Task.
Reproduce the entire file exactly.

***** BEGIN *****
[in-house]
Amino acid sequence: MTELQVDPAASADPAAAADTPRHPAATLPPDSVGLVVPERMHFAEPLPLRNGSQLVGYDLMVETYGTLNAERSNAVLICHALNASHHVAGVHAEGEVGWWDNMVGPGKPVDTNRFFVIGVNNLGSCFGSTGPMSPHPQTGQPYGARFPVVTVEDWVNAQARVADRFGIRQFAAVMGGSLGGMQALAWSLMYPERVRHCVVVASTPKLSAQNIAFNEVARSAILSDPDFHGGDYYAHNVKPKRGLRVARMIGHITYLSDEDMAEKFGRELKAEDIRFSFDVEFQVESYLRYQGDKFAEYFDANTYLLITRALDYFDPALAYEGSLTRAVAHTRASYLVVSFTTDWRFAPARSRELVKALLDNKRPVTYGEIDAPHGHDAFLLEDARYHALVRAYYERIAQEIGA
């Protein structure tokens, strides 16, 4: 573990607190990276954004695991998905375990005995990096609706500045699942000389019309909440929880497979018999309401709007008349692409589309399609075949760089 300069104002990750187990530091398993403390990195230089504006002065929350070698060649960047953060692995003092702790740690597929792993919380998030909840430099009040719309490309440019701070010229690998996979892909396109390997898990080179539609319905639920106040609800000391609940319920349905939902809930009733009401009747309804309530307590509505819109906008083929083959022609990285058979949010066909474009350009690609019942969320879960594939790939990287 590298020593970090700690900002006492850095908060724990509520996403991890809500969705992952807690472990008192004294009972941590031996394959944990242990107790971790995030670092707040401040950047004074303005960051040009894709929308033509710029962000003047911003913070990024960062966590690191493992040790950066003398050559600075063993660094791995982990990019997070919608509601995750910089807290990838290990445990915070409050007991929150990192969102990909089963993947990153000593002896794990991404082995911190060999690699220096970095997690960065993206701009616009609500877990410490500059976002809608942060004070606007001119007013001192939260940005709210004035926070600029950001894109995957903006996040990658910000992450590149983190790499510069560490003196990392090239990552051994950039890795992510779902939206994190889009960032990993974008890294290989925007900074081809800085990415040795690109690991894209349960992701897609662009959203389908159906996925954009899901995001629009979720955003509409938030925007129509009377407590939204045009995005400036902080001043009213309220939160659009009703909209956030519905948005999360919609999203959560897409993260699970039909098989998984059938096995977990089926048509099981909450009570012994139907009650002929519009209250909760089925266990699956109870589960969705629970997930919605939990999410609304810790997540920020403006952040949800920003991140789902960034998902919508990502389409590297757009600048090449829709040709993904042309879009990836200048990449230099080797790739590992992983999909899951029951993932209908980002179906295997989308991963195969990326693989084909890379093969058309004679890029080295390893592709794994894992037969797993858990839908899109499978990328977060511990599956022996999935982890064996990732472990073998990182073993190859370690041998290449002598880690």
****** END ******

[in-house]
Amino acid sequence: MTELQVDPAASADPAAAADTPRHPAATLPPDSVGLVVPERMHFAEPLPLRNGSQLVGYDLMVETYGTLNAERSNAVLICHALNASHHVAGVHAEGEVGWWDNMVGPGKPVDTNRFFVIGVNNLGSCFGSTGPMSPHPQTGQPYGARFPVVTVEDWVNAQARVADRFGIRQFAAVMGGSLGGMQALAWSLMYPERVRHCVVVASTPKLSAQNIAFNEVARSAILSDPDFHGGDYYAHNVKPKRGLRVARMIGHITYLSDEDMAEKFGRELKAEDIRFSFDVEFQVESYLRYQGDKFAEYFDANTYLLITRALDYFDPALAYEGSLTRAVAHTRASYLVVSFTTDWRFAPARSRELVKALLDNKRPVTYGEIDAPHGHDAFLLEDARYHALVRAYYERIAQEIGA
């Protein structure tokens, strides 16, 4: 573990607190990276954004695991998905375990005995990096609706500045699942000389019309909440929880497979018999309401709007008349692409589309399609075949760089 300069104002990750187990530091398993403390990195230089504006002065929350070698060649960047953060692995003092702790740690597929792993919380998030909840430099009040719309490309440019701070010229690998996979892909396109390997898990080179539609319905639920106040609800000391609940319920349905939902809930009733009401009747309804309530307590509505819109906008083929083959022609990285058979949010066909474009350009690609019942969320879960594939790939990287 590298020593970090700690900002006492850095908060724990509520996403991890809500969705992952807690472990008192004294009972941590031996394959944990242990107790971790995030670092707040401040950047004074303005960051040009894709929308033509710029962000003047911003913070990024960062966590690191493992040790950066003398050559600075063993660094791995982990990019997070919608509601995750910089807290990838290990445990915070409050007991929150990192969102990909089963993947990153000593002896794990991404082995911190060999690699220096970095997690960065993206701009616009609500877990410490500059976002809608942060004070606007001119007013001192939260940005709210004035926070600029950001894109995957903006996040990658910000992450590149983190790499510069560490003196990392090239990552051994950039890795992510779902939206994190889009960032990993974008890294290989925007900074081809800085990415040795690109690991894209349960992701897609662009959203389908159906996925954009899901995001629009979720955003509409938030925007129509009377407590939204045009995005400036902080001043009213309220939160659009009703909209956030519905948005999360919609999203959560897409993260699970039909098989998984059938096995977990089926048509099981909450009570012994139907009650002929519009209250909760089925266990699956109870589960969705629970997930919605939990999410609304810790997540920020403006952040949800920003991140789902960034998902919508990502389409590297757009600048090449829709040709993904042309879009990836200048990449230099080797790739590992992983999909899951029951993932209908980002179906295997989308991963195969990326693989084909890379093969058309004679890029080295390893592709794994894992037969797993858990839908899109499978990328977060511990599956022996999935982890064996990732472990073998990182073993190859370690041998290449002598880690």